Leoš Janáček

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About Leoš Janáček

The works of Leoš Janáček are imbued with the melodies and rhythms of Czech folk music, but with a modern twist. He was a leading figure in the revival of folk music traditions in the early 20th century. Janáček was born in the Moravian village of Hukvaldy in 1854, and spent his early career conducting choirs and teaching organ in Brno, the provincial capital. Several piano works in the early 1900s, including On an Overgrown Path (1901-08), demonstrate Janáček’s distinctive take on his folk inspirations. International recognition came late, and he was already in his 60s when his third opera, Jenůfa (1894-1903), was staged to great acclaim in Prague in 1916. The following year, Janáček met and became obsessed with a young woman, Kamila Stösslová. This sparked a late creative flowering, and his most famous works were written in his last decade. These include the large-scale Sinfonietta (1926) and Glagolitic Mass (1926-27), two intimate and confessional string quartets (1923, 1928), and operas that play out his relationship with Stösslová in allegory, Káťa Kabanová and The Cunning Little Vixen. Janáček died in 1928, and the poignant final scene of The Cunning Little Vixen was performed at his funeral.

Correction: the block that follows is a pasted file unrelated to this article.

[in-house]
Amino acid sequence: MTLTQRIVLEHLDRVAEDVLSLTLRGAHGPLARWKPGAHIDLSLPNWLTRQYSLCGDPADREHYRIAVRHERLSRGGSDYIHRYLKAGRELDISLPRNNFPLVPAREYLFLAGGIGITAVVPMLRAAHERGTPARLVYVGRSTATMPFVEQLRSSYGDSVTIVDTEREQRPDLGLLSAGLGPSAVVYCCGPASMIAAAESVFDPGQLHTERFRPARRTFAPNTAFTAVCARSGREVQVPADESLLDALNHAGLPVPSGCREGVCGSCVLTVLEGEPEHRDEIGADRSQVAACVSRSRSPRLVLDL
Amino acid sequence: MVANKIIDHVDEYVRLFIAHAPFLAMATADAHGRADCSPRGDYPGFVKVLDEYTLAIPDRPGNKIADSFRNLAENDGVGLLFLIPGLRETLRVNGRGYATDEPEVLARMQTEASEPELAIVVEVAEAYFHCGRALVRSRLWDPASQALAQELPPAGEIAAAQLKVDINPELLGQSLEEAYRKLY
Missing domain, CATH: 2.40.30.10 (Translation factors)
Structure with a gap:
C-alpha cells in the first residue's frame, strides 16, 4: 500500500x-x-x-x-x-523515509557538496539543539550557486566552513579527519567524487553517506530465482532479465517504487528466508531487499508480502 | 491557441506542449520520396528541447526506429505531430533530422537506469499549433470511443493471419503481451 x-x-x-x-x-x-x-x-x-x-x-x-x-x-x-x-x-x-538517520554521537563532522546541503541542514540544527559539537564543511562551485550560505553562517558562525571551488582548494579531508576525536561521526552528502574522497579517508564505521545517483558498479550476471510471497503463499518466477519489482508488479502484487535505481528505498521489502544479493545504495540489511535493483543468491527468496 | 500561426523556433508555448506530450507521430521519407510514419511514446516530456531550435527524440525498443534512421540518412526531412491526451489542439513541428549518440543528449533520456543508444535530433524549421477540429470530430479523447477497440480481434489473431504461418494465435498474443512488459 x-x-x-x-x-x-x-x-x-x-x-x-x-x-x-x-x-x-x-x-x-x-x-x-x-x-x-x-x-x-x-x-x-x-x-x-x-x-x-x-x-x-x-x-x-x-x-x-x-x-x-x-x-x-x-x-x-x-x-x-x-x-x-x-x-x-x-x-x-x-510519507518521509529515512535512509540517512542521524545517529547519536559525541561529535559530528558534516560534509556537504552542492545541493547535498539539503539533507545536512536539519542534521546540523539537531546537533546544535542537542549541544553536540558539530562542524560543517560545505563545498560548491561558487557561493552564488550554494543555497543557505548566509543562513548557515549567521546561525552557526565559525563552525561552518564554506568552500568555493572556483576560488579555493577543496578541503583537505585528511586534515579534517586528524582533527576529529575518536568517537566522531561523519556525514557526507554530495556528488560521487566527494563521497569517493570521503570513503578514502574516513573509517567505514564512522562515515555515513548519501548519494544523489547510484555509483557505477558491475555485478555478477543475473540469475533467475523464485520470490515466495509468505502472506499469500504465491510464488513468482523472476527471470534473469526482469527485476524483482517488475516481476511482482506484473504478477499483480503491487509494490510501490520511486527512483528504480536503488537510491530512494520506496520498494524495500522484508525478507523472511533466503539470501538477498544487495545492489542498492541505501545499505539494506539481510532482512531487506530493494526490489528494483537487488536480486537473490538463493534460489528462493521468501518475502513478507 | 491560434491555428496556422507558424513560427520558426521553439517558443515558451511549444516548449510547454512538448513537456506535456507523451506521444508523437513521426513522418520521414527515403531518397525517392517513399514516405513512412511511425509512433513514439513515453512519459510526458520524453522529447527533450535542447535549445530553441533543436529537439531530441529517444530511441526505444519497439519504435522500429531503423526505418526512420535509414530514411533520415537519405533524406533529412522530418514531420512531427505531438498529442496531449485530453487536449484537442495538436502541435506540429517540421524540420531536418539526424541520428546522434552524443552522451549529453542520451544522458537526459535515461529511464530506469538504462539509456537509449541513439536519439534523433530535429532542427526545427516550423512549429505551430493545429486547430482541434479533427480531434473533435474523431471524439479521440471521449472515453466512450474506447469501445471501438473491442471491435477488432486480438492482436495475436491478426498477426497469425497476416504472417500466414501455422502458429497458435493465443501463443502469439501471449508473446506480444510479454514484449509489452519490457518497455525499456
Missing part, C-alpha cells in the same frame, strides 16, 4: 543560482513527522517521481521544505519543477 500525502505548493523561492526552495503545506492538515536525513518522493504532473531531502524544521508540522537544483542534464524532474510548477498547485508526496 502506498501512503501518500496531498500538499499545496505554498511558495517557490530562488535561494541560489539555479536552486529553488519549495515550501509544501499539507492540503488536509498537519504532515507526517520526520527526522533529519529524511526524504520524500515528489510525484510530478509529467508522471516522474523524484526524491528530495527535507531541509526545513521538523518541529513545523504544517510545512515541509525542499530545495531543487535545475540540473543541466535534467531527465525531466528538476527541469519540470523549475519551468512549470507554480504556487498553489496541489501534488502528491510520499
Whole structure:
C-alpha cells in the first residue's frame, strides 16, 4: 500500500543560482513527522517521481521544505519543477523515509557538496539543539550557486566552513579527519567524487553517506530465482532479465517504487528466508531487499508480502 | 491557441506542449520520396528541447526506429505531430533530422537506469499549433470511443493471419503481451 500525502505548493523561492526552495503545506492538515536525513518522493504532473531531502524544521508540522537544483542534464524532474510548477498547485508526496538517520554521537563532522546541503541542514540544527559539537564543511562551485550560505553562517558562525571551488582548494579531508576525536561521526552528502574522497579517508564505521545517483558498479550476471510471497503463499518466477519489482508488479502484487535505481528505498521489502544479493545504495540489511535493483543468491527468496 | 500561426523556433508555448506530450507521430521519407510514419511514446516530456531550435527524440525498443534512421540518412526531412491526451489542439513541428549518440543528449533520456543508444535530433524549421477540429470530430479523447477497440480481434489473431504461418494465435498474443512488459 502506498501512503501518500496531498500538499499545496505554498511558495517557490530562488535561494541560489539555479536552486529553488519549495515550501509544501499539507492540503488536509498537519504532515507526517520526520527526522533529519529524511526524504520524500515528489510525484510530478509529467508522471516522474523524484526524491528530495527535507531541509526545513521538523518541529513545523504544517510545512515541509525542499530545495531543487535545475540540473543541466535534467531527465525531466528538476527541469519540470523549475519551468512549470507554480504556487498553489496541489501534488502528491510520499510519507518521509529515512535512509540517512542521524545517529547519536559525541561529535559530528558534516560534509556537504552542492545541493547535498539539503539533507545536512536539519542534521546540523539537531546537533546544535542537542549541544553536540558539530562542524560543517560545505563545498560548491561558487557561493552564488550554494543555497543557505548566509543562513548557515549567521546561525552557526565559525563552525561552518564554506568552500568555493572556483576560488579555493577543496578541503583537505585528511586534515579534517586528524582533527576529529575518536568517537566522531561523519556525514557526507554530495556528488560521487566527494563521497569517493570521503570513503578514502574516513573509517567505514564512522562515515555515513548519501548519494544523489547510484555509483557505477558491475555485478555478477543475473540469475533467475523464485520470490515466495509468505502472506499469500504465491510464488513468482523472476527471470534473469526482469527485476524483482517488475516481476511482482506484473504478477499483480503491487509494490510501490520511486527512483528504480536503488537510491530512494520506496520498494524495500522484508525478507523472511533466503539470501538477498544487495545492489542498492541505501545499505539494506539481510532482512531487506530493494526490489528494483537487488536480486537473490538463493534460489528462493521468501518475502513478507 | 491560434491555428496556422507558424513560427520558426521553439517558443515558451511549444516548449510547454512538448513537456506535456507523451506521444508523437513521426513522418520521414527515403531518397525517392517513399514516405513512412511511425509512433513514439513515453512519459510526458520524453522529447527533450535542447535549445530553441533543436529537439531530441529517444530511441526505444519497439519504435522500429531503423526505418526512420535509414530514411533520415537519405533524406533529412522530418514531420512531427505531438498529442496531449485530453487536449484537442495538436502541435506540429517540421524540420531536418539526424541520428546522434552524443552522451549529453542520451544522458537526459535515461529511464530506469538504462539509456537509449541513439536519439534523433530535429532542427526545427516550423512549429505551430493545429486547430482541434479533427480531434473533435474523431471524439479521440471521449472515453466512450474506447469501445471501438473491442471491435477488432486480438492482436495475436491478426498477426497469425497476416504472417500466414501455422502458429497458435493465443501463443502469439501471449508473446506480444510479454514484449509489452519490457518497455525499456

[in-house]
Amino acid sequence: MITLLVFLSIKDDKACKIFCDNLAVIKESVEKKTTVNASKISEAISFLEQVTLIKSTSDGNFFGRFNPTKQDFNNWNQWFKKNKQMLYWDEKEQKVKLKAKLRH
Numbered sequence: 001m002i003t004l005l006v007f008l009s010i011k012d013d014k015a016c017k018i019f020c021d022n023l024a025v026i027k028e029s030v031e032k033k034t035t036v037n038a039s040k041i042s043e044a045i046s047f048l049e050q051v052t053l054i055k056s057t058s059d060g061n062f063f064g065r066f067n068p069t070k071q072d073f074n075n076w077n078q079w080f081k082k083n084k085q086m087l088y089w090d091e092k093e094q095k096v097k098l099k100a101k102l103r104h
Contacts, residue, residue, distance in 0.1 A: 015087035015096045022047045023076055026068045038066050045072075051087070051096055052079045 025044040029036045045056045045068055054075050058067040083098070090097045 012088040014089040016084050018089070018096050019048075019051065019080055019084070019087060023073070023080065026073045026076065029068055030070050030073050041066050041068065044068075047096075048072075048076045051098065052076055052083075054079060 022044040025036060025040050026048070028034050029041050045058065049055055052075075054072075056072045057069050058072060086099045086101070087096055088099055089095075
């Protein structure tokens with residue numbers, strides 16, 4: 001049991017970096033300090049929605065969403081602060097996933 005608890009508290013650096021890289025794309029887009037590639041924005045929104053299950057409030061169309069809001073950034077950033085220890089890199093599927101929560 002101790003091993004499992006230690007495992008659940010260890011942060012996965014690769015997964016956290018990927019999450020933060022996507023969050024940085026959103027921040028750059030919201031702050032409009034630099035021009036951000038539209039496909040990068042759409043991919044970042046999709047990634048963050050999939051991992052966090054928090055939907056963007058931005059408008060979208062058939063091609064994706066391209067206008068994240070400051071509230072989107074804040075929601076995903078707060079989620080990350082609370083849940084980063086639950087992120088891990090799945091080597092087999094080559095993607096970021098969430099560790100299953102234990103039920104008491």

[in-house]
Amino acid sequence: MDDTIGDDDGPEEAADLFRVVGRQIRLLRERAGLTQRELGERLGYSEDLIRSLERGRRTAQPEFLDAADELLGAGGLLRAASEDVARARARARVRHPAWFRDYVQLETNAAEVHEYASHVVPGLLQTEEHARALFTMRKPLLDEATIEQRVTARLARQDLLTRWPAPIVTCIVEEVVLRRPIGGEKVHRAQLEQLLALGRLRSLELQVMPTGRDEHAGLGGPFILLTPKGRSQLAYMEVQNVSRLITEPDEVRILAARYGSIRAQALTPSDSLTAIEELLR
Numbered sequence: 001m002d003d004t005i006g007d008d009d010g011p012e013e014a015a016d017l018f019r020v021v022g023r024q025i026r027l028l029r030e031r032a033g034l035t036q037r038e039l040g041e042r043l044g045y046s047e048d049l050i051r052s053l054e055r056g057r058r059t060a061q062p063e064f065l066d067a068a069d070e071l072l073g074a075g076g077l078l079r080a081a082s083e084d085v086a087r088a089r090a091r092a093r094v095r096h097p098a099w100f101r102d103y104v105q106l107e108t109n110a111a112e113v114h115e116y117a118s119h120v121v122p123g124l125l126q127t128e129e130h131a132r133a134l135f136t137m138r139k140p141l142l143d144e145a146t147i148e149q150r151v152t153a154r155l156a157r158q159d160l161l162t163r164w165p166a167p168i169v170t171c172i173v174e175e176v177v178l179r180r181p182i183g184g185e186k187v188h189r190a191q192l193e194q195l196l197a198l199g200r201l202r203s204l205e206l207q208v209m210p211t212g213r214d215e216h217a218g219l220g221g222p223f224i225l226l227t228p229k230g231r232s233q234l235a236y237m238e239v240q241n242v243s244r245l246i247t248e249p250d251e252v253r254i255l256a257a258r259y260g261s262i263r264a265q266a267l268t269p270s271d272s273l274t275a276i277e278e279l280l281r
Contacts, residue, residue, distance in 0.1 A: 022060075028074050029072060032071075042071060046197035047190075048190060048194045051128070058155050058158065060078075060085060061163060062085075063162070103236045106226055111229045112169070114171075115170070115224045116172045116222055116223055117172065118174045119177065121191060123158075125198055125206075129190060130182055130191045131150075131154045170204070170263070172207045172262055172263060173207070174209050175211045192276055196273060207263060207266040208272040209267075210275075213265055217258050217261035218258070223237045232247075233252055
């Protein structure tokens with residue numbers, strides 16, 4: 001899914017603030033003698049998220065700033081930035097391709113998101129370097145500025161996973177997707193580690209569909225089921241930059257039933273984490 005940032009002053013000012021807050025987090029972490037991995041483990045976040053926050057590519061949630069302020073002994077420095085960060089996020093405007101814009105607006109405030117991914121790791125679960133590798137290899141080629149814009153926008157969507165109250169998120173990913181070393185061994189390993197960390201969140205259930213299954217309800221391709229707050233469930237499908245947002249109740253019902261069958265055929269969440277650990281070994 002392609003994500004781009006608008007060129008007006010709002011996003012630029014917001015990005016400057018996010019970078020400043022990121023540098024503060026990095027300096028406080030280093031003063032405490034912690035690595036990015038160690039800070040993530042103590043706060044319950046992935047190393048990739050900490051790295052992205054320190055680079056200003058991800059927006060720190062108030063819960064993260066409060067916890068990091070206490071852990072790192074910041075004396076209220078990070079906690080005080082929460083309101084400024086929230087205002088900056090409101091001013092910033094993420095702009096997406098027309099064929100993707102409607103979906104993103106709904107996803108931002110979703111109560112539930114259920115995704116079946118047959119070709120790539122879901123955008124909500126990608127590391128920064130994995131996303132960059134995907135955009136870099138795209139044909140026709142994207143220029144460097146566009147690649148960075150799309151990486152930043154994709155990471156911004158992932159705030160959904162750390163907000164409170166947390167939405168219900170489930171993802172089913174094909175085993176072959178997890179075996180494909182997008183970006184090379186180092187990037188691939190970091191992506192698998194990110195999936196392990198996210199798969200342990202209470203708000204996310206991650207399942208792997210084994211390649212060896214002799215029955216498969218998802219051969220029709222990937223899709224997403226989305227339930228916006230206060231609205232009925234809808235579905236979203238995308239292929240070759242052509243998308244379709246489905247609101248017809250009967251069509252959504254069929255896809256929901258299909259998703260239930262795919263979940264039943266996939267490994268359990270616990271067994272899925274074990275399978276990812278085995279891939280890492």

Hukvaldy, Czech Republic
July 3, 1854
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